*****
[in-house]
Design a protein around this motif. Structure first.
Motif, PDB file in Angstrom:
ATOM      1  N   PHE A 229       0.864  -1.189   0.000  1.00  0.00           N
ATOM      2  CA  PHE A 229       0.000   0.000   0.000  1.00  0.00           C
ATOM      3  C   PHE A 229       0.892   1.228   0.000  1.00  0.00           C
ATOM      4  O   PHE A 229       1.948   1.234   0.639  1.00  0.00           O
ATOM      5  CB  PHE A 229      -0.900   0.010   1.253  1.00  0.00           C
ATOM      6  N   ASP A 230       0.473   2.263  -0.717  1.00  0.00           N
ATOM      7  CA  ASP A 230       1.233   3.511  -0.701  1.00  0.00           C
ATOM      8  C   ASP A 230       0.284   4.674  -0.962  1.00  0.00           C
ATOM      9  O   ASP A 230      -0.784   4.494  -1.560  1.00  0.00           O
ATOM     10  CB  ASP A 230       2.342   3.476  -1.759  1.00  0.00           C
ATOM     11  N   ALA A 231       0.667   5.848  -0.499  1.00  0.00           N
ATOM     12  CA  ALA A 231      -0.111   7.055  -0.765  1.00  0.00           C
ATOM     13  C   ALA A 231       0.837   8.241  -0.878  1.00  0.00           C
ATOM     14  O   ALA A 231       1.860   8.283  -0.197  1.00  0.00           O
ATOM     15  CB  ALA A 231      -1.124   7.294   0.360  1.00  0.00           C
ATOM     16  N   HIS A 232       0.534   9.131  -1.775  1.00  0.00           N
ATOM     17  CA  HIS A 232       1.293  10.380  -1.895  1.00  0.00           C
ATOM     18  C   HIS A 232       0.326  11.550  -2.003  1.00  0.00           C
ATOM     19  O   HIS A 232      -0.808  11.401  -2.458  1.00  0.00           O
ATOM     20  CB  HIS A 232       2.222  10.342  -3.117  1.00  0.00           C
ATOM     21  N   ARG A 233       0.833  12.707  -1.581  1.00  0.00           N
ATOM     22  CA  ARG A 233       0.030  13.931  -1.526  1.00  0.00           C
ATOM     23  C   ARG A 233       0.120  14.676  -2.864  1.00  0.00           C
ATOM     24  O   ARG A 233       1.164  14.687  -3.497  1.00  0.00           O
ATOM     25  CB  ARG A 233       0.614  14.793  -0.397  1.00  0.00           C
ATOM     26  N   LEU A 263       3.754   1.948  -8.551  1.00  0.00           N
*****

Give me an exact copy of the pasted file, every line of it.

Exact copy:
[in-house]
Design a protein around this motif. Structure first.
Motif, PDB file in Angstrom:
ATOM      1  N   PHE A 229       0.864  -1.189   0.000  1.00  0.00           N
ATOM      2  CA  PHE A 229       0.000   0.000   0.000  1.00  0.00           C
ATOM      3  C   PHE A 229       0.892   1.228   0.000  1.00  0.00           C
ATOM      4  O   PHE A 229       1.948   1.234   0.639  1.00  0.00           O
ATOM      5  CB  PHE A 229      -0.900   0.010   1.253  1.00  0.00           C
ATOM      6  N   ASP A 230       0.473   2.263  -0.717  1.00  0.00           N
ATOM      7  CA  ASP A 230       1.233   3.511  -0.701  1.00  0.00           C
ATOM      8  C   ASP A 230       0.284   4.674  -0.962  1.00  0.00           C
ATOM      9  O   ASP A 230      -0.784   4.494  -1.560  1.00  0.00           O
ATOM     10  CB  ASP A 230       2.342   3.476  -1.759  1.00  0.00           C
ATOM     11  N   ALA A 231       0.667   5.848  -0.499  1.00  0.00           N
ATOM     12  CA  ALA A 231      -0.111   7.055  -0.765  1.00  0.00           C
ATOM     13  C   ALA A 231       0.837   8.241  -0.878  1.00  0.00           C
ATOM     14  O   ALA A 231       1.860   8.283  -0.197  1.00  0.00           O
ATOM     15  CB  ALA A 231      -1.124   7.294   0.360  1.00  0.00           C
ATOM     16  N   HIS A 232       0.534   9.131  -1.775  1.00  0.00           N
ATOM     17  CA  HIS A 232       1.293  10.380  -1.895  1.00  0.00           C
ATOM     18  C   HIS A 232       0.326  11.550  -2.003  1.00  0.00           C
ATOM     19  O   HIS A 232      -0.808  11.401  -2.458  1.00  0.00           O
ATOM     20  CB  HIS A 232       2.222  10.342  -3.117  1.00  0.00           C
ATOM     21  N   ARG A 233       0.833  12.707  -1.581  1.00  0.00           N
ATOM     22  CA  ARG A 233       0.030  13.931  -1.526  1.00  0.00           C
ATOM     23  C   ARG A 233       0.120  14.676  -2.864  1.00  0.00           C
ATOM     24  O   ARG A 233       1.164  14.687  -3.497  1.00  0.00           O
ATOM     25  CB  ARG A 233       0.614  14.793  -0.397  1.00  0.00           C
ATOM     26  N   LEU A 263       3.754   1.948  -8.551  1.00  0.00           N